computer. Statistical analysis was done using the SPSS program.
Chiseqare, T. test, anova and other tests were used for data
analysis. A p-value of 0.05 or less was taken as statistically
significant in the final data analysis and confidence interval
of 95%. To insure correct data entry, all entered records
- Letter from the main supervisor of the Joint Program of
the Family and Community Medicine for KKNG Health Affairs.
- All information in the file will be kept confidential.
Age & gender: There
were 83 (56.1%) male. And 65 (43.9%) female with mean age of
47.4-year rang 6 month- 99 years. Among the 148 patients there
was 111 (75%) adult (above 18 years) with mean age of 61.2 years
range between 20 years -99 years. 37 (25%) pediatrics patients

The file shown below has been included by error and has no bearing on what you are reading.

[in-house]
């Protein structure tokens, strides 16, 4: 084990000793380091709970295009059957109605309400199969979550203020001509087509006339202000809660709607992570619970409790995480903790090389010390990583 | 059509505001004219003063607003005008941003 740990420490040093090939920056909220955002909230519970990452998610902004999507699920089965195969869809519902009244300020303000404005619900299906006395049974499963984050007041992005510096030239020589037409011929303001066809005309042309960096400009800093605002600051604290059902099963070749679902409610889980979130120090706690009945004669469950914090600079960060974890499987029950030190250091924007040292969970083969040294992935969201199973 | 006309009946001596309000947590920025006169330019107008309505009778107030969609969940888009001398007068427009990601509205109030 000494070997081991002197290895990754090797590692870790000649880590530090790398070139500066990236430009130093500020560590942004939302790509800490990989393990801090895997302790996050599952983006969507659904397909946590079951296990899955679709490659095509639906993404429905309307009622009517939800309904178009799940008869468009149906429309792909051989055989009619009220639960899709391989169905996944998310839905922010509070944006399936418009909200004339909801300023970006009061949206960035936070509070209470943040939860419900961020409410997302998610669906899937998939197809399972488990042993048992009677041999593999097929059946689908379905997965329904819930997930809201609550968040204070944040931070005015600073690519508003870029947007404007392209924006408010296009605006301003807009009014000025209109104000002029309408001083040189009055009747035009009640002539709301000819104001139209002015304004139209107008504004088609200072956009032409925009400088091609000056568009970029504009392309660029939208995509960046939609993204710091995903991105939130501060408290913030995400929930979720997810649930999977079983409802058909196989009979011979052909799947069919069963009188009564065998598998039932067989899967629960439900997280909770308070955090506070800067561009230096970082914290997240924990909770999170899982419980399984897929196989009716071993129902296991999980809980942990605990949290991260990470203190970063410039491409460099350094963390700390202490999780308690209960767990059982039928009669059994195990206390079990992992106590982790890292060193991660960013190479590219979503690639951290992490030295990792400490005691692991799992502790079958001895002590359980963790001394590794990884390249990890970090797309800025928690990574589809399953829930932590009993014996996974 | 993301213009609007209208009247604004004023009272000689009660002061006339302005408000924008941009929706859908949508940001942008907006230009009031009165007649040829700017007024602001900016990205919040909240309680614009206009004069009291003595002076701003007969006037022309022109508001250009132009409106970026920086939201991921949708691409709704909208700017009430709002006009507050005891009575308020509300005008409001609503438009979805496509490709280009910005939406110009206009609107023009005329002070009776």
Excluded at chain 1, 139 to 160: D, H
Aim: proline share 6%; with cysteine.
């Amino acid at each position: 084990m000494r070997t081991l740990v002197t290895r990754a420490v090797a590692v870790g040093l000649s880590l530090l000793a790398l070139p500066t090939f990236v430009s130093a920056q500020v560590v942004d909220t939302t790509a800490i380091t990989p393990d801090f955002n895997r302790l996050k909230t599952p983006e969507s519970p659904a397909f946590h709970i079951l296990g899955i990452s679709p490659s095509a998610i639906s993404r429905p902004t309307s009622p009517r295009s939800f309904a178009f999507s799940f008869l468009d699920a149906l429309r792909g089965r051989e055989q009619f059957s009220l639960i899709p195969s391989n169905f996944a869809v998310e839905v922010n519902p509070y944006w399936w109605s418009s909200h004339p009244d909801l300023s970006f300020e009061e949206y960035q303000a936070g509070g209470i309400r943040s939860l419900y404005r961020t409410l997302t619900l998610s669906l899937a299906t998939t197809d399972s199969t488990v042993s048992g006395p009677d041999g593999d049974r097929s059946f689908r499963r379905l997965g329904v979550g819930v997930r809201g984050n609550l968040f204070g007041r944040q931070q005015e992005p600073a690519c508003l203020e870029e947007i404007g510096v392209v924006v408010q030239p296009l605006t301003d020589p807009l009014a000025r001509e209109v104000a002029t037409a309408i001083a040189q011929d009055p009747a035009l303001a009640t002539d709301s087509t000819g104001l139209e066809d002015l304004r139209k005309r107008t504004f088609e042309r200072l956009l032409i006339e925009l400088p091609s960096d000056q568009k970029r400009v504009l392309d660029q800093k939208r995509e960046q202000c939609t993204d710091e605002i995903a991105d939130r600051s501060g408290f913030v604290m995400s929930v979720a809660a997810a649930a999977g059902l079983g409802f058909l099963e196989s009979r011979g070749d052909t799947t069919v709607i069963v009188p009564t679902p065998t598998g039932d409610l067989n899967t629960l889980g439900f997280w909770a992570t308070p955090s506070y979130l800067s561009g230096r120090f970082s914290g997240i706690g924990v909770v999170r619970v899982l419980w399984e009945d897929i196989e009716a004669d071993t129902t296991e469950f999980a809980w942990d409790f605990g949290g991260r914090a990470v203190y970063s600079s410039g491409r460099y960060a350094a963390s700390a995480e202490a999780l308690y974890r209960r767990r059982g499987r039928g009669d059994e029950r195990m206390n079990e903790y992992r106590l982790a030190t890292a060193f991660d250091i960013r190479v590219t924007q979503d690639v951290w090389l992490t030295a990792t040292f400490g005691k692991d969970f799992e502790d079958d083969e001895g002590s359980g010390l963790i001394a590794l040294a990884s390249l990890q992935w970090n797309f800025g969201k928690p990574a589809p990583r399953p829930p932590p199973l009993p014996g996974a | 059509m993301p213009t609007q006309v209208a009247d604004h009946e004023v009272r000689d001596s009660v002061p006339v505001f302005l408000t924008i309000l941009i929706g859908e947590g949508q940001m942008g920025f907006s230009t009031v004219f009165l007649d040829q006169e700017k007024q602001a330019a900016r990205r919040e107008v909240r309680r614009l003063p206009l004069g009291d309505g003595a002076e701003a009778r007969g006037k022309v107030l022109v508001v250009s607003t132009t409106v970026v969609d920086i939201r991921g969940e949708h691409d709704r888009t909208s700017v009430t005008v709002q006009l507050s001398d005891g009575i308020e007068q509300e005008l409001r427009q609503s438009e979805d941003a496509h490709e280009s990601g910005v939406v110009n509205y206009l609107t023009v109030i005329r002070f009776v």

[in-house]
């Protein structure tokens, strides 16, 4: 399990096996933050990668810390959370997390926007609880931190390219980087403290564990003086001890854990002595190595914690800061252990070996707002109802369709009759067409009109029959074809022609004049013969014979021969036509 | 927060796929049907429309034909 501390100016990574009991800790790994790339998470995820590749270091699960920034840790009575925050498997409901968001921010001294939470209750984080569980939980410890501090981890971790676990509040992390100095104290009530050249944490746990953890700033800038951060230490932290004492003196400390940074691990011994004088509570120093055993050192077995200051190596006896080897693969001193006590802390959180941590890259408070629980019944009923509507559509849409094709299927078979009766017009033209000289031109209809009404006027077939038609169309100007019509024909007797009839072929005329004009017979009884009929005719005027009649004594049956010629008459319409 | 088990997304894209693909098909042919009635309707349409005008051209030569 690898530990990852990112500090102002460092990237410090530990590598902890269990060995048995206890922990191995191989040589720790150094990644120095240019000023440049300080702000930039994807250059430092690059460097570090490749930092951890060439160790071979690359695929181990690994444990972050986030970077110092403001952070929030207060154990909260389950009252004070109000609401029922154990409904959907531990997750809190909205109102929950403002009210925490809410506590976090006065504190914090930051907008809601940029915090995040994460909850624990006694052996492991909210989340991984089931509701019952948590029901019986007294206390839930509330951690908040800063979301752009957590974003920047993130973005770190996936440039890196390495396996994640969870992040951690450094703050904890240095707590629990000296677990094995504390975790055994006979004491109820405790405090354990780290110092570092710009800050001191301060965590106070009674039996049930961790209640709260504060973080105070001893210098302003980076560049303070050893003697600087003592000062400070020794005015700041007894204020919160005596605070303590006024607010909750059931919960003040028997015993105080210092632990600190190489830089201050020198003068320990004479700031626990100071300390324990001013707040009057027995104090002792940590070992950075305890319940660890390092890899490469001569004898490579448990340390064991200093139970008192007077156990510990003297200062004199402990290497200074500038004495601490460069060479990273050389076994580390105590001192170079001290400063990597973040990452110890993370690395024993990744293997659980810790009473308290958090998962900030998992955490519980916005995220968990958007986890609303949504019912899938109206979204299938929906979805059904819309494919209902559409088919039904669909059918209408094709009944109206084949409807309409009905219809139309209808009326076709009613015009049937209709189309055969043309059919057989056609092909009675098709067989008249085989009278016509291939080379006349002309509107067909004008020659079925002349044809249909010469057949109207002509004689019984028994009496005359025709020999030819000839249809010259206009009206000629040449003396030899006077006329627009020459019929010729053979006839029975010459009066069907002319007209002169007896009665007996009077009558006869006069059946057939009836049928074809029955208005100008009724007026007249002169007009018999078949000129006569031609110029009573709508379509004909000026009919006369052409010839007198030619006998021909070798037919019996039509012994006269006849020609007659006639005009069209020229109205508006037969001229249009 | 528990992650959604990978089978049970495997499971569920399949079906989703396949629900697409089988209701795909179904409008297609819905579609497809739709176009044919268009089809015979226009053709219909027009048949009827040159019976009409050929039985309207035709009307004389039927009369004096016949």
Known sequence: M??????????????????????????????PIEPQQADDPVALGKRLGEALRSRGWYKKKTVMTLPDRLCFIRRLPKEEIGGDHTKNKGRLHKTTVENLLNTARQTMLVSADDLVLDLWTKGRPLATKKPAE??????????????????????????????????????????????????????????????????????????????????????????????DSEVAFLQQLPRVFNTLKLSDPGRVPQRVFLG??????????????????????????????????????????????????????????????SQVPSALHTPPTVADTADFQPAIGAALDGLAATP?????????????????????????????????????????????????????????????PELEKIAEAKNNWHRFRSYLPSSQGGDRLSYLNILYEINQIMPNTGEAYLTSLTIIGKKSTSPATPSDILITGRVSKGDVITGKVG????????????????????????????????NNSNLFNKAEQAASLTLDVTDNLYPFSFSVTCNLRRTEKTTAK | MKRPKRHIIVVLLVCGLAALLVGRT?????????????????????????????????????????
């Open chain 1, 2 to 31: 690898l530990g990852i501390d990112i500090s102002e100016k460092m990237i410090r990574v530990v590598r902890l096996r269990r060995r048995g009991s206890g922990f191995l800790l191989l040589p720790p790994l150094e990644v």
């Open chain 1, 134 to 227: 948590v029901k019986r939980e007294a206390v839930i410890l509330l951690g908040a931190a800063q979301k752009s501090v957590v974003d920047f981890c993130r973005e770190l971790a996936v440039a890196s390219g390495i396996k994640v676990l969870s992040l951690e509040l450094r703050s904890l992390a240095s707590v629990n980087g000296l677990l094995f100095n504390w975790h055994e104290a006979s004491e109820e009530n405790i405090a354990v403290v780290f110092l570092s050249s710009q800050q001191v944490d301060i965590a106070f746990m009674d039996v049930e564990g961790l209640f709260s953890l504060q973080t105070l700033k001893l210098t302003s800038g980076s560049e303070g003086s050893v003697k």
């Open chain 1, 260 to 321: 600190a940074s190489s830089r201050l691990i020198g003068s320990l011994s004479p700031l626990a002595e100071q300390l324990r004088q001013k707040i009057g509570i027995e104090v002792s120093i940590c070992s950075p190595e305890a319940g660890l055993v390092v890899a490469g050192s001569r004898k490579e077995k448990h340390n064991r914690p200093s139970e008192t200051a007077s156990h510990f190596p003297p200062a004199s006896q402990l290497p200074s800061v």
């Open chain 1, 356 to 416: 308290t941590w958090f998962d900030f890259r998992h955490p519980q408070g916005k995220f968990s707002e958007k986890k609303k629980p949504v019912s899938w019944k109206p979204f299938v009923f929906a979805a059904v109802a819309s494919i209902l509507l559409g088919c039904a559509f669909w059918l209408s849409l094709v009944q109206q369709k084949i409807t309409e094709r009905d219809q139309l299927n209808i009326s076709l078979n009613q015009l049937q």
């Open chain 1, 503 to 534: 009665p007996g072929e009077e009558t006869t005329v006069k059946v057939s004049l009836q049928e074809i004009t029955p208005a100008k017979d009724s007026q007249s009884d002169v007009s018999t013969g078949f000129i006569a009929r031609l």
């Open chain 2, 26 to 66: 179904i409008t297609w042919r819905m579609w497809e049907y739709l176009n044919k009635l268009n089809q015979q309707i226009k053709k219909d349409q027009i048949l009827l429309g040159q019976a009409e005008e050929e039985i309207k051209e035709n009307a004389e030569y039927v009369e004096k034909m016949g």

found with mean age of 7.3 years range 6-month -18 years.
Sample size: The total number of patients
under HHC during February 2000 was 148 patients. The most
frequent diagnosis was cerbrovascular accident (CVA) 30 patients
(20.3%). Sixteen patients who had follow up for more than
6 month were compared with 16 non-HHC CVA patients.
Distribution of sex by age-group
Among the 148 patients 30 (20.3%) were found
to have circulatory system disorder, mainly stroke (CVA (29).
Twenty four patients (16.2%) diagnosed as having nepotistic
disease, 13 (8.8%) patients with injuries, 10.8% with endocrine
disorders mainly diabetes and the rest were with other disorders
like central nerves system disorders, dermatological, genitourinary,
and bone diseases (Table 2). About 23 (15.5%) of patients